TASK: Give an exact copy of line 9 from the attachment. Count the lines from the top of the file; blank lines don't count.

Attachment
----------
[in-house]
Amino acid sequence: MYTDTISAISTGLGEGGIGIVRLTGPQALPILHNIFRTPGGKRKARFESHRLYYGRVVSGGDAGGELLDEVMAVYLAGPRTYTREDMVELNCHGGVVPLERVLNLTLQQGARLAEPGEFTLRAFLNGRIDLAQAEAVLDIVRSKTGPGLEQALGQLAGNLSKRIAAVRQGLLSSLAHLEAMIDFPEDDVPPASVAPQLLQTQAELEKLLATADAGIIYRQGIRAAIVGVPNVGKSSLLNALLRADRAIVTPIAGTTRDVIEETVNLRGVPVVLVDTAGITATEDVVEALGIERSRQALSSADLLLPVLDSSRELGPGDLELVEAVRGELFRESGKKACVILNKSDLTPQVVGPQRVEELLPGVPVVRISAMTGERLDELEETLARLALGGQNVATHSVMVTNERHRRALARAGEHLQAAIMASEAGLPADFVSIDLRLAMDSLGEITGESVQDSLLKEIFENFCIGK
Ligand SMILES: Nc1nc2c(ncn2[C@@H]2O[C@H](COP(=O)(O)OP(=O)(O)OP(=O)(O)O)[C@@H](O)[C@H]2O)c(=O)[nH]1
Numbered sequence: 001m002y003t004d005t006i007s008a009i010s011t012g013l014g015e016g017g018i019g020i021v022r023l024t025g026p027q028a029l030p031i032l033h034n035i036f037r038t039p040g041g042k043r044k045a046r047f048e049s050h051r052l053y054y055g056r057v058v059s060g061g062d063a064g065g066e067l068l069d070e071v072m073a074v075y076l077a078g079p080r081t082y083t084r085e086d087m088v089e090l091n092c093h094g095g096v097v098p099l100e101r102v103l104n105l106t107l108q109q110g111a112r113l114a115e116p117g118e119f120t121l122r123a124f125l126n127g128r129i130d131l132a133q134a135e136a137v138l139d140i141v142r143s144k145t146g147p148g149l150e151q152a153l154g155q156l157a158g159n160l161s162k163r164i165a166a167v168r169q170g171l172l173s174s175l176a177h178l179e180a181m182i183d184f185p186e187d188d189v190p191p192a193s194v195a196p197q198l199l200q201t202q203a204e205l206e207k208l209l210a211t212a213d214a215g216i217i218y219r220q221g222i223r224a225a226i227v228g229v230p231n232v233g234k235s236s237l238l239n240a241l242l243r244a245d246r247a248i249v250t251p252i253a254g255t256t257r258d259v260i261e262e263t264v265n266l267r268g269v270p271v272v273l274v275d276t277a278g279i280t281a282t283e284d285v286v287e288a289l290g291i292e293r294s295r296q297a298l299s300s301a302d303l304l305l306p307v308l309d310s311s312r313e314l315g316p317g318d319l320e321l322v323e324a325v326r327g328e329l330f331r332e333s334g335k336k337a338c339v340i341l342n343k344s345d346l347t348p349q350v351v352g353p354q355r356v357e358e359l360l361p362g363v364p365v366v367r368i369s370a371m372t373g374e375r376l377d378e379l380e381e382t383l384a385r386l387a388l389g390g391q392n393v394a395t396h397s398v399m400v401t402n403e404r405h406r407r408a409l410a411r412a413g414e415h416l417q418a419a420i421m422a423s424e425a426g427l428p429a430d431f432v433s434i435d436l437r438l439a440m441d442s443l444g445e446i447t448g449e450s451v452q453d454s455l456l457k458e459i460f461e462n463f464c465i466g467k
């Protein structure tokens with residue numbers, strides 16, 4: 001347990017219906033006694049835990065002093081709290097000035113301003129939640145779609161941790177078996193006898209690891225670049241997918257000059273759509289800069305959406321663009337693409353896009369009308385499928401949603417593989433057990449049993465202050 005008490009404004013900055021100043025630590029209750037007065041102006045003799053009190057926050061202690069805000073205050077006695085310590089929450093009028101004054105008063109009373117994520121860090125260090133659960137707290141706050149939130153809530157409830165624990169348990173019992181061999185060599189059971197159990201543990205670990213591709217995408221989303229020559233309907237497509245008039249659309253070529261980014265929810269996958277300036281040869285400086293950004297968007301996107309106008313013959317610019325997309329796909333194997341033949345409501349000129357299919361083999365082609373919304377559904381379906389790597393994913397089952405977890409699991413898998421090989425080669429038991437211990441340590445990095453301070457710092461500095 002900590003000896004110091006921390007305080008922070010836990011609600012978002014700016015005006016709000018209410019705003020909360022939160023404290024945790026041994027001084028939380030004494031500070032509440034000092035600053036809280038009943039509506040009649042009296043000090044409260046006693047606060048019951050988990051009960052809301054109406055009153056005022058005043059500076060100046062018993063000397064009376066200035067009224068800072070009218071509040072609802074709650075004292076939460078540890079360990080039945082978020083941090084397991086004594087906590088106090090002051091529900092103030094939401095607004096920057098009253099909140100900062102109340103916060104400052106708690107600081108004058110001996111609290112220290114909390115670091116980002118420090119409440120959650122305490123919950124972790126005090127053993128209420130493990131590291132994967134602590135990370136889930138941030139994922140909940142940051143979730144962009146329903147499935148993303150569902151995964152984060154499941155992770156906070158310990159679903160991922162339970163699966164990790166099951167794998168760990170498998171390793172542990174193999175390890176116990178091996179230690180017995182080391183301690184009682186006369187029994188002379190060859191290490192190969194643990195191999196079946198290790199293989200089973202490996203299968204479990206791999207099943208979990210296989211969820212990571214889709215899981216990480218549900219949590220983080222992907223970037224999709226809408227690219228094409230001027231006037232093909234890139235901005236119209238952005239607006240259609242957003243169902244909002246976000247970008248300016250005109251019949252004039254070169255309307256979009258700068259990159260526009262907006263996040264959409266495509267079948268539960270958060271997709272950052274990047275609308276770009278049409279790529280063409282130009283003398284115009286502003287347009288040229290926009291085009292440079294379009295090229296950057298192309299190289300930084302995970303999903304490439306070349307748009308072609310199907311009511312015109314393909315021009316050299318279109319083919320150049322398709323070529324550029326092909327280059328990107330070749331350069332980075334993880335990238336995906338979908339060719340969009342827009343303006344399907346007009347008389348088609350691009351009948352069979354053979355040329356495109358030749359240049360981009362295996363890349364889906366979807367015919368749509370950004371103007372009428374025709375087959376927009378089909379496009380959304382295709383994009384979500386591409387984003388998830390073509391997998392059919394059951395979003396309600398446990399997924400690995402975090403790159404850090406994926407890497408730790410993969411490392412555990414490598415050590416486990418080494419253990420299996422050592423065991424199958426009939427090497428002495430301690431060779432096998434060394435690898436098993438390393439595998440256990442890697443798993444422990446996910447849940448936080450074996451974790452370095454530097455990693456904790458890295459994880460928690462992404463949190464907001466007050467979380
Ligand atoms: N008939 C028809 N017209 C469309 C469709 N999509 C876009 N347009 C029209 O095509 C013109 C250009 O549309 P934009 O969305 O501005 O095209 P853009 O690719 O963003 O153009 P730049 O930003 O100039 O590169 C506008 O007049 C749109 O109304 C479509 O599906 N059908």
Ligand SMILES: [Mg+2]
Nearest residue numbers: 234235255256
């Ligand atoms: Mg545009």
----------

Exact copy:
């Ligand atoms: Mg545009």